SHAPIRO: To return to Josh Gibson - his life was full of tragedy. His wife died giving birth to twins, and he died when he was only 35 years old, less than three months before Jackie Robinson broke the MLB color barrier. What do you think this moment means for his legacy?

LESTER: I guess qualifies some of the struggles that he had to go through - him and other Black ballplayers who never received the recognition that they deserve. It saddens me that him and many others did not get to enjoy this glory of recognition.

You know, we talked about, you know, Josh Gibson and his legacy and Satchel Paige and others, but so many, many, many other Negro League players - their relative anonymity is a cruel joke to every sports fan in America. And hopefully, this statistical project by Major League Baseball will wake up the consciousness and recognize their greatness. And, you know, I welcome the pushback from the Babe Ruth families or the Ty Cobb families or whoever it may be. But we have to remember that the Negro Leagues were a product of systemic racism by Major League Baseball.

SHAPIRO: Well, Larry Lester, congratulations on reaching this day, and thank you for talking with us about it.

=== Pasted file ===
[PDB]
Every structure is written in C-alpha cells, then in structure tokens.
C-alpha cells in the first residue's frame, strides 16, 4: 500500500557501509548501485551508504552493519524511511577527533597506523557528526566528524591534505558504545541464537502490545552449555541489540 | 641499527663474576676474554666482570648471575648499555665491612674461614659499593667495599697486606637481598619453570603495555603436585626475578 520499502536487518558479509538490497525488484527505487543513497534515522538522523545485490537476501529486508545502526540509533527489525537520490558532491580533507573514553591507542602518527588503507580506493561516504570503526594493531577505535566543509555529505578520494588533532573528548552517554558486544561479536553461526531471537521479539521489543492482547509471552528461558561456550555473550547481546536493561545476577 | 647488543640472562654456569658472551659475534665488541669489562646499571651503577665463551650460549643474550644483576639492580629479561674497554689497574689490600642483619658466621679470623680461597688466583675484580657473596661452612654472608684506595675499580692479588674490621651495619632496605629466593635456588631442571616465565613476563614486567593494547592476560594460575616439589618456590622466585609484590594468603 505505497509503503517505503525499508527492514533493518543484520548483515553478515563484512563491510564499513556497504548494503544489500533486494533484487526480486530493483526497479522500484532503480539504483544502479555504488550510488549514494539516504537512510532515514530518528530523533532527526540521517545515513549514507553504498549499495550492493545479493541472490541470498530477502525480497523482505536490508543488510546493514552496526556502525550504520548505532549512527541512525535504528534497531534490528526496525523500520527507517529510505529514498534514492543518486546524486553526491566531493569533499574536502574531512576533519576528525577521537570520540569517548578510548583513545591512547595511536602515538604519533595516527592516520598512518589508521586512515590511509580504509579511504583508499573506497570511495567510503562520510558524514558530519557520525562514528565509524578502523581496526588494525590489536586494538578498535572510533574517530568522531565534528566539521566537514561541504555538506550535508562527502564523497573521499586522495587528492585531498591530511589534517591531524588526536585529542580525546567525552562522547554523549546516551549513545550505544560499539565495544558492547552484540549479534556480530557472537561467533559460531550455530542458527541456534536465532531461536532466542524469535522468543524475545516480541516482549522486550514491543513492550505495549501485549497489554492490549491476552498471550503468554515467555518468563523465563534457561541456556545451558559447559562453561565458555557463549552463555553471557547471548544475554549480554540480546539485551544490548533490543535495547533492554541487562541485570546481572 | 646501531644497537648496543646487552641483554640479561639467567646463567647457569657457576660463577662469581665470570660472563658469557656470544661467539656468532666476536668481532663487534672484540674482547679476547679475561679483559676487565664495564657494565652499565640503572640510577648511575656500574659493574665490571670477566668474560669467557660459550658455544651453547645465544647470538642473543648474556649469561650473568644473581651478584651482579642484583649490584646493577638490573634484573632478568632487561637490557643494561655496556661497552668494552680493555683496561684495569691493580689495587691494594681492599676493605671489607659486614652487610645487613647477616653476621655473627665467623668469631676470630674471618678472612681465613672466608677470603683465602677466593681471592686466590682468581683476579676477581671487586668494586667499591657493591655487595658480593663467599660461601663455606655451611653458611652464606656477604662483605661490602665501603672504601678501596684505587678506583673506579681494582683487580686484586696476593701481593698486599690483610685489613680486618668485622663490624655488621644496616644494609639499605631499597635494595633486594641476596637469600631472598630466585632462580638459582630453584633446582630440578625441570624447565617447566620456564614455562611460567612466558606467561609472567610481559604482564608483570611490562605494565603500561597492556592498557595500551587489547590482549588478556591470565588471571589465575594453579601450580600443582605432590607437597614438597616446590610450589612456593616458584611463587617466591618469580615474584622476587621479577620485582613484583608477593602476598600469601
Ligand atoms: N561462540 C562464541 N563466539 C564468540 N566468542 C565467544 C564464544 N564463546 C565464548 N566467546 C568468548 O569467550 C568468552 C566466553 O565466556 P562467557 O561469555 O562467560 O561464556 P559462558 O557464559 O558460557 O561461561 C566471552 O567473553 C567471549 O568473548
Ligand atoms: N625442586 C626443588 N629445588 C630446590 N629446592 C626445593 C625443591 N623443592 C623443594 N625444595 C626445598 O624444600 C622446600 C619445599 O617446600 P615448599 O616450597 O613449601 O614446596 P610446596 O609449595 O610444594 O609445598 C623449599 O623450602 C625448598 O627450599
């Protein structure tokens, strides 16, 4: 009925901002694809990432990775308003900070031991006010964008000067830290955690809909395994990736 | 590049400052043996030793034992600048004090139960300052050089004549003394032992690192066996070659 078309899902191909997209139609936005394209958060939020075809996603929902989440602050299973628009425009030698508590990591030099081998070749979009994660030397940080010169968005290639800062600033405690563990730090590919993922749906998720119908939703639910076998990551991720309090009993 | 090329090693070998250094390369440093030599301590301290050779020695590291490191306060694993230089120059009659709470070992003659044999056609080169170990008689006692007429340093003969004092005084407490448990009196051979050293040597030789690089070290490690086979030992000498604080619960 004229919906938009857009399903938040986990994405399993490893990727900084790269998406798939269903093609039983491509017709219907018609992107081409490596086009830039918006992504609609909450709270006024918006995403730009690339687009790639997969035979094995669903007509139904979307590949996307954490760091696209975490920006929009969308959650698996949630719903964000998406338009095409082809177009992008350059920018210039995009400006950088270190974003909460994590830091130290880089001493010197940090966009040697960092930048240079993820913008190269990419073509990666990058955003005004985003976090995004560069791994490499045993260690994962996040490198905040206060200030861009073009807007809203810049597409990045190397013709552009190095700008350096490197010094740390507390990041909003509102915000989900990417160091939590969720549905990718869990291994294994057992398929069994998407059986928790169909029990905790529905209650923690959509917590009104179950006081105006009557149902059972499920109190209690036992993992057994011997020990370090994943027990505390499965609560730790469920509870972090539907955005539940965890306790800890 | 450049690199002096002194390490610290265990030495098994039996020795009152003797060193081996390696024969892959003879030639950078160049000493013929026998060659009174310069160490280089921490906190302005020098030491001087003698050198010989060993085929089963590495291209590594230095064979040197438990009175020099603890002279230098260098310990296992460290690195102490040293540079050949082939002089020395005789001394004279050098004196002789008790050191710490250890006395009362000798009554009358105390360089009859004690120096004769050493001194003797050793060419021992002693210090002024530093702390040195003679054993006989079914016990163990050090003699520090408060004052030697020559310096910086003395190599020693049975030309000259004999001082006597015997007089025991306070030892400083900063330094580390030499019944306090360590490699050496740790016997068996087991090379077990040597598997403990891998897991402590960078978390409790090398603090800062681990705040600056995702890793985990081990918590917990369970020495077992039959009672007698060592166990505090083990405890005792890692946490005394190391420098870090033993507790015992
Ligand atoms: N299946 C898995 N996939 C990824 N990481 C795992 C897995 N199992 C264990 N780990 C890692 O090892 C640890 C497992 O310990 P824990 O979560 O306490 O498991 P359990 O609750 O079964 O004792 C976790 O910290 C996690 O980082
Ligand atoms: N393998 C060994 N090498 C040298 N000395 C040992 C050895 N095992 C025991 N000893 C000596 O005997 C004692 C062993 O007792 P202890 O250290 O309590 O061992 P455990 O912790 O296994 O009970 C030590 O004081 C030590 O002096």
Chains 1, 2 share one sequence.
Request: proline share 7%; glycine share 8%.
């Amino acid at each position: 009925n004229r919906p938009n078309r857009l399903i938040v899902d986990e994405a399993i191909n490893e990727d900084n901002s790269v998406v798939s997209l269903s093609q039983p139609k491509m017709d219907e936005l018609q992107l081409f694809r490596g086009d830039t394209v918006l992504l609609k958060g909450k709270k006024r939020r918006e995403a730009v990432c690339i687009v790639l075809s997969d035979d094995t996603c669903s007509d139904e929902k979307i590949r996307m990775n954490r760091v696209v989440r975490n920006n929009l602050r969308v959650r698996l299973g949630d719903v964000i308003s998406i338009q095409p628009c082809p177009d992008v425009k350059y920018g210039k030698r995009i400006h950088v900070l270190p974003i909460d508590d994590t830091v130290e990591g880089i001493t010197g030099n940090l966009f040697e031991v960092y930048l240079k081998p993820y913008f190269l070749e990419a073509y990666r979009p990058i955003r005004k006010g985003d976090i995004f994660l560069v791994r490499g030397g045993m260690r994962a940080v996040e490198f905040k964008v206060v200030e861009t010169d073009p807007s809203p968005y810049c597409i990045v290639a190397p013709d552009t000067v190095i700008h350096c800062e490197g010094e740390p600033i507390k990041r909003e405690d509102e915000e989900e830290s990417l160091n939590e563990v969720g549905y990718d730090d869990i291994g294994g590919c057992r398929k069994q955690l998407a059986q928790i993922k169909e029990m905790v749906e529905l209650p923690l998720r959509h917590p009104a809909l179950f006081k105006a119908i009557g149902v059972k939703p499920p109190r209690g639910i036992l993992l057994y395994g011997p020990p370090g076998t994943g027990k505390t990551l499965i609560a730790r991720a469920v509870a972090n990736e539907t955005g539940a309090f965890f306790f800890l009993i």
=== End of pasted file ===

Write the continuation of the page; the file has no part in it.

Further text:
LESTER: Well, you're welcome, Ari.

SHAPIRO: He's an author and historian and co-founder of the Negro Leagues Baseball Museum. Transcript provided by NPR, Copyright NPR.

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Kai McNamee
[Copyright 2024 NPR]
Ari Shapiro has been one of the hosts of All Things Considered, NPR's award-winning afternoon newsmagazine, since 2015. During his first two years on the program, listenership to All Things Considered grew at an unprecedented rate, with more people tuning in during a typical quarter-hour than any other program on the radio.
Courtney Dorning has been a Senior Editor for NPR's All Things Considered since November 2018. In that role, she's the lead editor for the daily show. Dorning is responsible for newsmaker interviews, lead news segments and the small, quirky features that are a hallmark of the network's flagship afternoon magazine program.